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While the above compound sentence is itself a statement, because it is true, the two parts, "Ganymede is a moon of Jupiter" and "Ganymede is a moon of Saturn", are themselves statements, because the first is true and the second is false. However, it is sometimes used to name something abstract that two different statements with the same meaning are both said to "express".
In this usage, the English sentence, "It is raining", and the French sentence "Il pleut", would be considered to express the same proposition; similarly, the two English sentences, "Callisto orbits Jupiter" and "Jupiter is orbitted by Callisto" would also be considered to express the same proposition.
287 BCE), did recognize a need for the development of a doctrine of "complex" or "hypothetical" propositions, i.e., those involving conjunctions (statements joined by "and"), disjunctions (statements joined by "or") and conditionals (statements joined by "if...
then..."), but their investigations into this branch of logic seem to have been very minor.
then...", "because", and "necessarily", are all operators.
A logical operator is said to be on the truth or falsity of the statements from which they are constructed.
These are, of course, cornerstones of classical propositional logic.
There is some evidence that Aristotle, or at least his successor at the Lyceum, Theophrastus (d.
Hence, the truth or falsity of a statement using the operator "necessarily" does not depend entirely on the truth or falsity of the statement modified.A is any word or phrase used either to modify one statement to make a different statement, or join multiple statements together to form a more complicated statement.In English, words such as "and", "or", "not", "if ..., is the branch of logic that studies ways of joining and/or modifying entire propositions, statements or sentences to form more complicated propositions, statements or sentences, as well as the logical relationships and properties that are derived from these methods of combining or altering statements.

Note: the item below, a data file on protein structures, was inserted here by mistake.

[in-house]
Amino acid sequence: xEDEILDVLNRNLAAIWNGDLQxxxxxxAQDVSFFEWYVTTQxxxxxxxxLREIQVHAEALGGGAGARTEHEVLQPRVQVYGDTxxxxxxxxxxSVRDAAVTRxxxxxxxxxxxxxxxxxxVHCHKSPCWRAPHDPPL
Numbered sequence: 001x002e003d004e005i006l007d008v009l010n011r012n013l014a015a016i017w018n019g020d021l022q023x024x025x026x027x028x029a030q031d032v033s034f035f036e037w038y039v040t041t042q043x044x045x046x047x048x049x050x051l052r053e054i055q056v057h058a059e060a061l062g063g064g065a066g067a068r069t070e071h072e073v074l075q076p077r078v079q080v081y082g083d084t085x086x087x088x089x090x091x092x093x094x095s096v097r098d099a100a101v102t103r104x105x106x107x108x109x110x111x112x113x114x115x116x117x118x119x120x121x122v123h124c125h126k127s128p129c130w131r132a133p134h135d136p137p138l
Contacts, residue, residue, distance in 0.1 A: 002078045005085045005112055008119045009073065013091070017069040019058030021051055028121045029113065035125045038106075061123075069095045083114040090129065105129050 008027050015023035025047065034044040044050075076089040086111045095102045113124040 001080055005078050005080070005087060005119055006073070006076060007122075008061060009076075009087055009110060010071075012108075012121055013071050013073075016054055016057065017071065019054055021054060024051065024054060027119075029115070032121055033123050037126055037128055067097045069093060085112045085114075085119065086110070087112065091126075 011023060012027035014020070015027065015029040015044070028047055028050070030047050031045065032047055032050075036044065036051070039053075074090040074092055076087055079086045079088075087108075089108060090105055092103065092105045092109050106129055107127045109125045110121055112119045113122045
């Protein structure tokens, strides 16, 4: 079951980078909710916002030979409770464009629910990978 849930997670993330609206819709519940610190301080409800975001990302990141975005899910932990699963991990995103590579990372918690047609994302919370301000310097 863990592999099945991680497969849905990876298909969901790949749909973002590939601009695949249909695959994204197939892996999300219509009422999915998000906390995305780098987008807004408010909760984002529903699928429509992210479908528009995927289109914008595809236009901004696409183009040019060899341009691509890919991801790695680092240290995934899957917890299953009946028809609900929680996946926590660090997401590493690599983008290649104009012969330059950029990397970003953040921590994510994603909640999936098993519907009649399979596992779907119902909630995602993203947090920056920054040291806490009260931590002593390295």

In propositional logic, the simplest statements are considered as indivisible units, and hence, propositional logic does not study those logical properties and relations that depend upon parts of statements that are not themselves statements on their own, such as the subject and predicate of a statement.Joining two simpler propositions with the word "and" is one common way of combining statements.